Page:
Walla Walla


Walla Walla The Walla Walla valley has been a regional agricultural hub for more than a century; and it still abounds with crisp apples, juicy strawberries, tender asparagus, sumptuous sweet onions, and a cornucopia of other vibrant produce. Nearly 2,000 acres of prime vineyards and more than 100 remarkable wineries are just the most recent expression of a rich farming heritage.

Official recognition began in February of 1984, when the federal government designated the Walla Walla Valley as an American Viticultural Area (AVA). The Walla Walla Valley overtly straddles state lines: two-thirds of the AVA is in Washington and one-third is in Oregon. Why? Because the finest wines reflect nature, and Mother Nature doesn’t recognize political borders. Nor does she generate anything approaching monotonous uniformity. So the elevations across the appellation soar between 400 feet and 2,000 feet above sea level. Similarly, annual rainfall figures triple from a sparse seven inches at the western end of the valley to a lush 22 inches along the foothills of the Blue Mountains to the east.

The valley is defined by its geologic past … and the impact it has on the present. At the conclusion of the most recent Ice Age, much of Eastern Washington experienced the largest basaltic lava floods in geological history. The floods “backed up” into the Walla Walla Valley, depositing rich silt and scattering huge boulders, called “erratics.” Though the majority of vineyards are irrigated, this is one of the rare places in Eastern Washington with the potential, in at least a few sites, to be dry farmed. Walla Walla’s outstanding winemaking community has forged a well-deserved reputation for its Syrahs, Merlots, and Cabernet Sauvignons. The grapes are often included in a single blend, a sort of super-Wallan red. Some excellent Sangiovese is also grown, along with scattered, tiny plots of exotic grapes such as Counoise, Carmenère, Mourvèdre, Cabernet Franc, Nebbiolo and Barbera.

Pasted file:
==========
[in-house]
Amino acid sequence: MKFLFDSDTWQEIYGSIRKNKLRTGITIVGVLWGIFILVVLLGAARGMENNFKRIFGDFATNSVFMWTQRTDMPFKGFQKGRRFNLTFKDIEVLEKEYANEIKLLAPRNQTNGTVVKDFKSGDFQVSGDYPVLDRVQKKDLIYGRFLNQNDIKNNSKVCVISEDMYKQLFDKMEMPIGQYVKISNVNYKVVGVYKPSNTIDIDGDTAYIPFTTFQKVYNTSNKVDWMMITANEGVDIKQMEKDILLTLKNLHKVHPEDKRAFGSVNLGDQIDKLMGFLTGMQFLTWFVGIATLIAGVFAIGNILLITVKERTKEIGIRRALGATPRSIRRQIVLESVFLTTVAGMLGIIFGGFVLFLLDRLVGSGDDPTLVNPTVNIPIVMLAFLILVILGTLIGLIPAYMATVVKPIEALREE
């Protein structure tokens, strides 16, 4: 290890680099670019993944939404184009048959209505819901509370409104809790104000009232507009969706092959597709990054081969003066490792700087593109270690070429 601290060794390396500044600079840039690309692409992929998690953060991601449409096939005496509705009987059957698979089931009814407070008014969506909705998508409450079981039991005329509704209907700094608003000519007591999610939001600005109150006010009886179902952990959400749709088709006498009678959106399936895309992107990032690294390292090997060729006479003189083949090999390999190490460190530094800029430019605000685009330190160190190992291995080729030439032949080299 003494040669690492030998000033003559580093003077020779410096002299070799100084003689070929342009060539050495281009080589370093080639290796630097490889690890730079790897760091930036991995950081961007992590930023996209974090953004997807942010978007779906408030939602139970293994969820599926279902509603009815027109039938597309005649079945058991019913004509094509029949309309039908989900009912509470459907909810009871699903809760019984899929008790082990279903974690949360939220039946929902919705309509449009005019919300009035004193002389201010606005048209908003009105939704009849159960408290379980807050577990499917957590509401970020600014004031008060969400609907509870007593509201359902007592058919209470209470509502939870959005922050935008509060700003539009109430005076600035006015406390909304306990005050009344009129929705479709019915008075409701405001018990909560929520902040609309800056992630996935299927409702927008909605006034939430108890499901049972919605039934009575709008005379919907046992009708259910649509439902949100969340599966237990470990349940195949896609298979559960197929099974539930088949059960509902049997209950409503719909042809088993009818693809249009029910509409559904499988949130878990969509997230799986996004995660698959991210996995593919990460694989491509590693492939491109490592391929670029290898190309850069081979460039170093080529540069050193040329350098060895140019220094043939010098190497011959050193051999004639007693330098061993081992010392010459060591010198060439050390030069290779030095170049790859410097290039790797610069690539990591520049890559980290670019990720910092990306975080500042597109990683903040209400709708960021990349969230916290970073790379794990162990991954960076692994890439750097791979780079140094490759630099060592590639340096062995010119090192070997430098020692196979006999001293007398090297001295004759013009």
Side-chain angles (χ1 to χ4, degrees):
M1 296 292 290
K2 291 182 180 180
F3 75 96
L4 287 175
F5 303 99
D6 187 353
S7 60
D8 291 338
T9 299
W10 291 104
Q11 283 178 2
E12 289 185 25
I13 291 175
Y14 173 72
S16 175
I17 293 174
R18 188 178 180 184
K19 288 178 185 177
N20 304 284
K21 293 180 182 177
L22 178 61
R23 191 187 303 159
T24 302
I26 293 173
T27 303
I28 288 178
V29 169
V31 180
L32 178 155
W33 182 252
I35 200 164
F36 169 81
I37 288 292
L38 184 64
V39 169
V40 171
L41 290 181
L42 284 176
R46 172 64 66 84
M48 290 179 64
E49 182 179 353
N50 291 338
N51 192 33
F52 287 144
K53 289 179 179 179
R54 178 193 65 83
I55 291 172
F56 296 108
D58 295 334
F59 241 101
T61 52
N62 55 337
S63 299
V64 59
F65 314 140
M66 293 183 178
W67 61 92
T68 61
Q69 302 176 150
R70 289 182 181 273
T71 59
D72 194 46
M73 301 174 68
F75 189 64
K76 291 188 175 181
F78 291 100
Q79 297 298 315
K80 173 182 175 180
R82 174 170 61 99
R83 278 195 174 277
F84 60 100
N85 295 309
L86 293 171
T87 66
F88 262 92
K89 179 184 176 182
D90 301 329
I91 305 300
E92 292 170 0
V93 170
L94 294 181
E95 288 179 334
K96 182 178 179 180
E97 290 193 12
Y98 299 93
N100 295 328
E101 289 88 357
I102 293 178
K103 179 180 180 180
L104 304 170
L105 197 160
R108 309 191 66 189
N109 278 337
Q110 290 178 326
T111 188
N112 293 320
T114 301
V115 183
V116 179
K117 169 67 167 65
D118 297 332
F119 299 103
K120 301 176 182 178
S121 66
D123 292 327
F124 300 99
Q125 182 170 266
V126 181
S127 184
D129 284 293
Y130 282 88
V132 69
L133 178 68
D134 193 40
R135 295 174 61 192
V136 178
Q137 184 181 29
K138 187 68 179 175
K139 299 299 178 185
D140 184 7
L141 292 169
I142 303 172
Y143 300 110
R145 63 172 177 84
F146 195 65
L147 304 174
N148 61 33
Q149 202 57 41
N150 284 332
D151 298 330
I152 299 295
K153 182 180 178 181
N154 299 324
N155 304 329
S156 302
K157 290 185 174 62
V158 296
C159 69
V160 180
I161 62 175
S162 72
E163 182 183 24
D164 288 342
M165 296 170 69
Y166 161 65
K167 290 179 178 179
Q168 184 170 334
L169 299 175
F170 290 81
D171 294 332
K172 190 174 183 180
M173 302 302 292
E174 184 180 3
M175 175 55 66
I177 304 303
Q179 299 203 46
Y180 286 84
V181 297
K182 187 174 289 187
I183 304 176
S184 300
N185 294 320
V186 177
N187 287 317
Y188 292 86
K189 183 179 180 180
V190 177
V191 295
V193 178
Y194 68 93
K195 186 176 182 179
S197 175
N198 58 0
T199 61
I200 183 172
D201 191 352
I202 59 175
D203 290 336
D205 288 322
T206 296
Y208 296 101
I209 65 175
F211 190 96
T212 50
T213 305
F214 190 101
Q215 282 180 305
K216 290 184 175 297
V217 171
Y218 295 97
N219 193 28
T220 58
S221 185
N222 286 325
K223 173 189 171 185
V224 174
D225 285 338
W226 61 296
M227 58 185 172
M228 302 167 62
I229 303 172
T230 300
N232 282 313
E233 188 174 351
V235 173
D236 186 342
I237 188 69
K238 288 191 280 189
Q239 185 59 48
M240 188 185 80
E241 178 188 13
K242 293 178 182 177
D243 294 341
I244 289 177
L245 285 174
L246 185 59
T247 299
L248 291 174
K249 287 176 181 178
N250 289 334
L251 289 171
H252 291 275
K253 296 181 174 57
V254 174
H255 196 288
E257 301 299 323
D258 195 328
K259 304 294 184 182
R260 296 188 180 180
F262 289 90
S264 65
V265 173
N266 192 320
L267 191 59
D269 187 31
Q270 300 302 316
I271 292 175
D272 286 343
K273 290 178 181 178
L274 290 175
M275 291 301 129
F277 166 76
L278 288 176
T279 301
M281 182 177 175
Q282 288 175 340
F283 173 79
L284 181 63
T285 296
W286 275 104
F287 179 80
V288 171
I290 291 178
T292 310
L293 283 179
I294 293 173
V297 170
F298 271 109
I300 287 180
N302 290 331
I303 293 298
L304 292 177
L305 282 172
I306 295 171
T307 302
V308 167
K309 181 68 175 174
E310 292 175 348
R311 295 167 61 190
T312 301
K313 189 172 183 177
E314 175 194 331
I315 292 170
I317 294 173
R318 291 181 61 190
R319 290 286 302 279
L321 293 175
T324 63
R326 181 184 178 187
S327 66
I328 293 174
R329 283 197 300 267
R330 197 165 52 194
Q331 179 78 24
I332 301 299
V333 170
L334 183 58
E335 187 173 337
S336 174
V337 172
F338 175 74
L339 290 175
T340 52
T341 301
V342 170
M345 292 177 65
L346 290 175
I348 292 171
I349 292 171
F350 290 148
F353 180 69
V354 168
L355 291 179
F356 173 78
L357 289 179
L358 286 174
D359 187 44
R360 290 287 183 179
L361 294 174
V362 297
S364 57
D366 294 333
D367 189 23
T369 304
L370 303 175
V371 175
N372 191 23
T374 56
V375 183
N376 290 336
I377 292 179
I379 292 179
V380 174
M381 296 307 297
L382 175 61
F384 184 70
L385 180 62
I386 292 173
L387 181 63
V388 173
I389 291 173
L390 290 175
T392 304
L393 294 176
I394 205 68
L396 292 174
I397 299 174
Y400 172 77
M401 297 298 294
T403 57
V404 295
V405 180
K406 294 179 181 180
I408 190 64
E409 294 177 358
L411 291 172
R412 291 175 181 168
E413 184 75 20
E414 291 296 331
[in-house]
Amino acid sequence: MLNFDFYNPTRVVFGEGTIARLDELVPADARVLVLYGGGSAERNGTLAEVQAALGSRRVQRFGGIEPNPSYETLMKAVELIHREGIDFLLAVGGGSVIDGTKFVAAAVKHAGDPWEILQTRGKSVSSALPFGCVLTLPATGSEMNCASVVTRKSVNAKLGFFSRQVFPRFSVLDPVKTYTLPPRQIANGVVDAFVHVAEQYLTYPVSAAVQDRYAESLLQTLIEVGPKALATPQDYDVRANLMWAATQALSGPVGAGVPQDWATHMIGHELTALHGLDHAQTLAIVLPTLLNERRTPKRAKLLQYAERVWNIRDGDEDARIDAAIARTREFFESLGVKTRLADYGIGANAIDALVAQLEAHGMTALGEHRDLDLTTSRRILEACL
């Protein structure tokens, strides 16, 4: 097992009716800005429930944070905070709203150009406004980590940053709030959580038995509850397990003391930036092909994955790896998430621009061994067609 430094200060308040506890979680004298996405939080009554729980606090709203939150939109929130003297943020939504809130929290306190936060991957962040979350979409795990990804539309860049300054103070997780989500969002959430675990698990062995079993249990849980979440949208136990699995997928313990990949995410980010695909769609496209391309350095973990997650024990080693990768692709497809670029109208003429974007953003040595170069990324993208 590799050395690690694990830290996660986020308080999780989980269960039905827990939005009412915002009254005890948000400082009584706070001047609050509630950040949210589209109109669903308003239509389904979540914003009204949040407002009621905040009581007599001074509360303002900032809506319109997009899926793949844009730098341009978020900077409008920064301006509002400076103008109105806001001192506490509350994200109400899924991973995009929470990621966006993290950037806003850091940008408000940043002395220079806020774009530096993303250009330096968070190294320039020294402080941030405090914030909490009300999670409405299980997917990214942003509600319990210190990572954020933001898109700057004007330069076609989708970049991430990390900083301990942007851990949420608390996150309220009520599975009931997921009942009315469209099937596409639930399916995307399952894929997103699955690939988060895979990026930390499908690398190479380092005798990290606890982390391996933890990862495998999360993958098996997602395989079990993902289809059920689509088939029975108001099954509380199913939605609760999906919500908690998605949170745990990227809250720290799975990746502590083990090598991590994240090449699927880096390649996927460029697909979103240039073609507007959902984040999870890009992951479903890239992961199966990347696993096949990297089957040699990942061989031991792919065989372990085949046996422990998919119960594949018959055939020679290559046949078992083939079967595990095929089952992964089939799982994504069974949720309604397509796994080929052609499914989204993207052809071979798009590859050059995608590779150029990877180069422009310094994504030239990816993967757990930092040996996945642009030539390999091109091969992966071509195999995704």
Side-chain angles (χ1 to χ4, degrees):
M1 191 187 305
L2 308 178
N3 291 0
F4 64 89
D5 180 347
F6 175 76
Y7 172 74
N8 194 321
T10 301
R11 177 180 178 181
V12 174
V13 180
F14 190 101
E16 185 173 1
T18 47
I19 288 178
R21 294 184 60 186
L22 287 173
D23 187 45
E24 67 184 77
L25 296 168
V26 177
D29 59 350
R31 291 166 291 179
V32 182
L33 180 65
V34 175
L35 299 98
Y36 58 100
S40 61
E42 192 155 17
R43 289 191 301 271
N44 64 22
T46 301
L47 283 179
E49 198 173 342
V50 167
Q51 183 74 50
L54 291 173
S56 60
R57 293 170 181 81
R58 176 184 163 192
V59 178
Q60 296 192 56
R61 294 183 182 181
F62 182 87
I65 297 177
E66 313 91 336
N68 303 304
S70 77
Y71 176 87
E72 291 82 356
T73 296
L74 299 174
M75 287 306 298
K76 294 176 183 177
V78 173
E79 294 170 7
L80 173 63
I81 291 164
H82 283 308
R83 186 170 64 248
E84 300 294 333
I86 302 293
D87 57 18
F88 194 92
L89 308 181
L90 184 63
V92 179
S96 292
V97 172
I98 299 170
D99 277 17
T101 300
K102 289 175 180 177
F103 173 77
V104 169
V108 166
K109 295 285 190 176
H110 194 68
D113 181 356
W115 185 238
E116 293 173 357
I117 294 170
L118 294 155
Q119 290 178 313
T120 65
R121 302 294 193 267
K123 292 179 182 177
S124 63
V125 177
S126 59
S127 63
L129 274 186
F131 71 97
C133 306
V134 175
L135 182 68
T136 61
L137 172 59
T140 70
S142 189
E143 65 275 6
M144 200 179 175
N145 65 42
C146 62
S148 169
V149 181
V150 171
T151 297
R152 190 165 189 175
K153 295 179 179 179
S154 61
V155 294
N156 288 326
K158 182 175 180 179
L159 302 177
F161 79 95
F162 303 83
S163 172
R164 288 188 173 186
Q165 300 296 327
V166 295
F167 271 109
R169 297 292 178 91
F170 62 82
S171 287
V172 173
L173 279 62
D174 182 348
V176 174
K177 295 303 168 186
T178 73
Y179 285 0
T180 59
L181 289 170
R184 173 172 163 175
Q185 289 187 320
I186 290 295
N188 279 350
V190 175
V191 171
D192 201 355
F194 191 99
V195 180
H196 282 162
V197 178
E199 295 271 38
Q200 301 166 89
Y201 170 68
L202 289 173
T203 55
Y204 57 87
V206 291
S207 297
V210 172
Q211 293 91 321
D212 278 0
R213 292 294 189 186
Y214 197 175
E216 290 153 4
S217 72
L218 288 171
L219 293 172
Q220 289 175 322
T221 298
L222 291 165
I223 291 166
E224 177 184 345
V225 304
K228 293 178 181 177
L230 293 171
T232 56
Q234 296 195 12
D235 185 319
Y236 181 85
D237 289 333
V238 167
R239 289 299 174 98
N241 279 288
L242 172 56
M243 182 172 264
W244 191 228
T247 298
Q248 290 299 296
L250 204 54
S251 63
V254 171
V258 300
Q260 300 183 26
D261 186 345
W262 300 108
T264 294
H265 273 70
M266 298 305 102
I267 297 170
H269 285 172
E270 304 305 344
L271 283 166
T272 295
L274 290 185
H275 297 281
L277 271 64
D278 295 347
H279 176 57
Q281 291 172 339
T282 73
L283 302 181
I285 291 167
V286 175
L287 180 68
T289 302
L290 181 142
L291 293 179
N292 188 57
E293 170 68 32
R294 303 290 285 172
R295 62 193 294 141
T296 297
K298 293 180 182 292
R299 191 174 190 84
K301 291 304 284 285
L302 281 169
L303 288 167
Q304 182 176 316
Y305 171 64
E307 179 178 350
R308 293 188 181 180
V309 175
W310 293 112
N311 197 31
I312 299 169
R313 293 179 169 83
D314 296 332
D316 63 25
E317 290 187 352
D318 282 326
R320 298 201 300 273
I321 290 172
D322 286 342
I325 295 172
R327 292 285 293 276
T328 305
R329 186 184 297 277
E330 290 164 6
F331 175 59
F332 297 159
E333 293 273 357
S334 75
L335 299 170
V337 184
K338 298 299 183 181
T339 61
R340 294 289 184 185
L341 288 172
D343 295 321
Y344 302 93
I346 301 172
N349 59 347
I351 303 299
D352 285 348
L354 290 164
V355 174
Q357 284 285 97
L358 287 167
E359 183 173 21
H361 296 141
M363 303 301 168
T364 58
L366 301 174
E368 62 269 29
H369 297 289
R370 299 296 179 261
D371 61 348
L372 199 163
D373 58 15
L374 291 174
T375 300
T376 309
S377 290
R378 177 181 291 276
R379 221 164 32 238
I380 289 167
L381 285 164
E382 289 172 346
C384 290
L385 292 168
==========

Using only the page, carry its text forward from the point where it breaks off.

The valley is full of a number of soil ranges carpeting the valley. The variations are nearly infinite, but one could categorize them into four major groups. At the lowest elevations are cobblestone river gravels. These are fields literally covered with dark basalt stones, and they soak up the warmth of the sun before releasing it back at the vines after twilight. These soils are very well-drained and they are rich in iron, calcium, magnesium and other minerals that fuel remarkable flavors. The next category is loess layered over flood sediments. Loess is fine, wind-blown silt; and it measures two to four feet deep here in areas below 1,100 feet in elevation. Beneath the loess are coarser layers of sand and gravel deposited by catastrophic, glacial floods that swept through this region about 15,000 years ago. The result is a complex mix of minerals, and it lends a corresponding complexity to the wines grown in these sites. The uplands above 1,100 feet in elevation are home to the silt category. As with the previous soil type, this silt is fine, wind-blown loess. But in these higher locations the powdery dirt measures more than eight or 10 feet thick. Vines planted here are able to send their roots very deep, and they produce grapes with pure, bright aromatic and flavor characters. The final soil category is very thin silt sprinkled over weathered basalt. It’s found on steep, southwest-facing hillsides, and it consists of just a few inches of very fine, wind-blown soil over the ancient volcanic bedrock that supports the entire region. These rocky materials represent the most complex terrain in the valley.